N. American Olim Should Be Exempt from Israeli Travel Tax, Parents Demand

The parents of young Americans and Canadians who have immigrated to Israel are demanding that their children not be required to pay the travel tax levied on all Israeli citizens who travel abroad.

A resolution demanding that “olim travelling on visits to their families be exempt from this tax” was adopted by the 180 delegates attending the three day conference here of the Association of Parents of North American Israelis. Norman Moscowitz, a delegate from Albany, N.Y., warned that “If nothing is done about the tax, the money will come out of our United Jewish Appeal donations.”

Moscowitz expressed the strong feelings of the parents when he declared, “We are not a bottomless pit of money. Our children’s visits from Israel are a high priority. We can’t pay so much and we certainly don’t expect our children to pay.”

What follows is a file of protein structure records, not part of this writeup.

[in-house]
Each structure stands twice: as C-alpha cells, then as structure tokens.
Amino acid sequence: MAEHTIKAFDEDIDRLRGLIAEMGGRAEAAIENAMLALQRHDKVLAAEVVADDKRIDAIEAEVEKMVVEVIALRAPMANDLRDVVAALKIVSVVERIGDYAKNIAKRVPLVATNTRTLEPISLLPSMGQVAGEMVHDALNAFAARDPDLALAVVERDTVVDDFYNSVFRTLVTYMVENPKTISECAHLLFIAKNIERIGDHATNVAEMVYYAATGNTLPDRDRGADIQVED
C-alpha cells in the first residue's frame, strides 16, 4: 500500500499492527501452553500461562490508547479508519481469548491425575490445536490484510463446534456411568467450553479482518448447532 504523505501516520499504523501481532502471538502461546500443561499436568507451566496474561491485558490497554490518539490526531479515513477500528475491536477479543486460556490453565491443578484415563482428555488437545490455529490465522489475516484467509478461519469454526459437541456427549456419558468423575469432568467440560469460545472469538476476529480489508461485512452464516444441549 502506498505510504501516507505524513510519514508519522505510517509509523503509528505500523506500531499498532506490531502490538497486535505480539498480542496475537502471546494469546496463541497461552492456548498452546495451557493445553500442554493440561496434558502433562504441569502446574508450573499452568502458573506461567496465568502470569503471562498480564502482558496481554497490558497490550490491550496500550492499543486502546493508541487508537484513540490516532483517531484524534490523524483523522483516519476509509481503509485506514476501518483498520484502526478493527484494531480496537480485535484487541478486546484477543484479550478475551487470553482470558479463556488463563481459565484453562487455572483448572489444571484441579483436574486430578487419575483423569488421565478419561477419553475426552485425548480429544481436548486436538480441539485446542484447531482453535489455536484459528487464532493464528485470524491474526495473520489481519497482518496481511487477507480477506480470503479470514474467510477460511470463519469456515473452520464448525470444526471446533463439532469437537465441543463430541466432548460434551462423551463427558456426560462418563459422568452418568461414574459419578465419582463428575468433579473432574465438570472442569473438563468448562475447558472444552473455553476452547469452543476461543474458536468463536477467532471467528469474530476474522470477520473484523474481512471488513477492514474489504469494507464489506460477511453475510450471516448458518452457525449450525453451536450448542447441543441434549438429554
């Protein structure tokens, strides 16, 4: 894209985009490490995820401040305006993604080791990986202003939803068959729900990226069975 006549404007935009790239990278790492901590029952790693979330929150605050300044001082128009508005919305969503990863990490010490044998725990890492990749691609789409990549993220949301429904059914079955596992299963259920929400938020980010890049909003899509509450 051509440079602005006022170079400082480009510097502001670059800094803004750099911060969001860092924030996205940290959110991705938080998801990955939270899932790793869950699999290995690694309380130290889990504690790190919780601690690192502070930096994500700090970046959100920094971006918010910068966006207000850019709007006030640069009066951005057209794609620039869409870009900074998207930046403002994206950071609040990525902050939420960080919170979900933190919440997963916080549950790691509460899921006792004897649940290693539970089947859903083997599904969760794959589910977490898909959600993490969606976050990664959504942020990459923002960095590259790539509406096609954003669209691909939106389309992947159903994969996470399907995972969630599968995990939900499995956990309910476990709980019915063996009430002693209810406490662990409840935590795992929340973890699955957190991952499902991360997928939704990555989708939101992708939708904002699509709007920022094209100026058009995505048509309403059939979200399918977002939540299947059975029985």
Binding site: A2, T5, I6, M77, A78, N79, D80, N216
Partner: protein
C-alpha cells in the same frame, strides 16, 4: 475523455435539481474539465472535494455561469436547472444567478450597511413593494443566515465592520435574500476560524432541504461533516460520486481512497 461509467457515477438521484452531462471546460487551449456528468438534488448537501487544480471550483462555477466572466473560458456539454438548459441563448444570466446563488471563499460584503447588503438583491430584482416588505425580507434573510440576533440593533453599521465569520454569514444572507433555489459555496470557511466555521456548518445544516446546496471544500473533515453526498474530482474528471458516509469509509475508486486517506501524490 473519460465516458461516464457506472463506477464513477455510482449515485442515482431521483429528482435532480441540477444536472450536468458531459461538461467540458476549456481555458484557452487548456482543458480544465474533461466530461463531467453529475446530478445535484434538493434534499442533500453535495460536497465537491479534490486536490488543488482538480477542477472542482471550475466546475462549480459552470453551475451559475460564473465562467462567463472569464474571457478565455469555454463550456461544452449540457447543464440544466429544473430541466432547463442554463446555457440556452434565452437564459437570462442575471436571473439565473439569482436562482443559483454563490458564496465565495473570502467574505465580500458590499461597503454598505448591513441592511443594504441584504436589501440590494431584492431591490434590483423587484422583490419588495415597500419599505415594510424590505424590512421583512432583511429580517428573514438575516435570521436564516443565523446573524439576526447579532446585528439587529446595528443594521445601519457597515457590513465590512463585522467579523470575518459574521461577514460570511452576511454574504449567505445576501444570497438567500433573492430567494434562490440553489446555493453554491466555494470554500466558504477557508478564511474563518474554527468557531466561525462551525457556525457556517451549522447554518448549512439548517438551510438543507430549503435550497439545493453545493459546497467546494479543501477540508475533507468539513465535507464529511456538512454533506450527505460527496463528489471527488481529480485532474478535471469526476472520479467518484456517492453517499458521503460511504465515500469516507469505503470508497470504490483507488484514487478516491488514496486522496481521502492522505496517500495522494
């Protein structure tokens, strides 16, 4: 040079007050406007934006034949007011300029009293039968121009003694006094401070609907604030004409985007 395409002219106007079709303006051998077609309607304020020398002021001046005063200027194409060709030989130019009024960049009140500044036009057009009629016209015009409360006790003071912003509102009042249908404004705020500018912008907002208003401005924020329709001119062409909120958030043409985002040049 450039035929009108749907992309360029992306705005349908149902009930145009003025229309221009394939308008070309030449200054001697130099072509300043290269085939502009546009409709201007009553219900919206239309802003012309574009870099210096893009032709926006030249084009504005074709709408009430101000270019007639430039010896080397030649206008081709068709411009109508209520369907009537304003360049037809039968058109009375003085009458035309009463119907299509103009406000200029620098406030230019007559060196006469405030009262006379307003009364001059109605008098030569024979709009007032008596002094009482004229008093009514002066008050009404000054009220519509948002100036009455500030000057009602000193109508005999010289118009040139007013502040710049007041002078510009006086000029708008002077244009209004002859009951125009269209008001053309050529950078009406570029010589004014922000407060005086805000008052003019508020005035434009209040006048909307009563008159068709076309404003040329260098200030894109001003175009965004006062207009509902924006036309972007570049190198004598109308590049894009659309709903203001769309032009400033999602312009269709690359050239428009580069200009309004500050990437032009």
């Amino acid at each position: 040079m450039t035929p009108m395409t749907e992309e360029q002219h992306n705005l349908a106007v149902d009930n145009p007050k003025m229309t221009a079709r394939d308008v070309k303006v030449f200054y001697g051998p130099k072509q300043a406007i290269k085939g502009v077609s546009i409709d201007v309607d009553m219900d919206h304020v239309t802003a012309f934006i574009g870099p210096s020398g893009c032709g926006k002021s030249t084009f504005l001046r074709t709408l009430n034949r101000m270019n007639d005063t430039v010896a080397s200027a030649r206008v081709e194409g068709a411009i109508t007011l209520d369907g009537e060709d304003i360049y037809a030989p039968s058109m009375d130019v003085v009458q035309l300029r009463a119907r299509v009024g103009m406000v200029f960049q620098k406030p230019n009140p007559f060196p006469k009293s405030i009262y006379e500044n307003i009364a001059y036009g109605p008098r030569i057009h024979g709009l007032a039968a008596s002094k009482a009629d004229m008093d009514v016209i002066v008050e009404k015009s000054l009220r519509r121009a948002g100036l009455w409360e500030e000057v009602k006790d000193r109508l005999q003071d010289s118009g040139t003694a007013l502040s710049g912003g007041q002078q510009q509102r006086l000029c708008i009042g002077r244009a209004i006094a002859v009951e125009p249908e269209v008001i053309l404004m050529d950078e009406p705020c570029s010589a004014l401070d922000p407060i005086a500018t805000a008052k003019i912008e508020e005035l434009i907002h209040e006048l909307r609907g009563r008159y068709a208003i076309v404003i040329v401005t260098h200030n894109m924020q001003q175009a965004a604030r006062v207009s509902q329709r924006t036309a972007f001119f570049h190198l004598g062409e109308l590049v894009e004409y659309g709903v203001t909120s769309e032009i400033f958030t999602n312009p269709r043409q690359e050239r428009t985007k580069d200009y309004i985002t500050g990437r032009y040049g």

The tax, a consequence of Israel’s foreign currency drain, is currently $100 per capita, including minor children. The Knesset is considering raising it to $200 for the peak summer travel season. Last summer it was $300.

One delegate compared the travel tax to the tax Soviet Bloc countries impose on Jewish emigrants to pay for their free educations and other benefits. “We believe in democracy and this tax is not democratic,” he said. “If Israel needs to raise the money, it should be done in some other way.”

An amendment to the resolution urging abolition of the travel tax was narrowly defeated.

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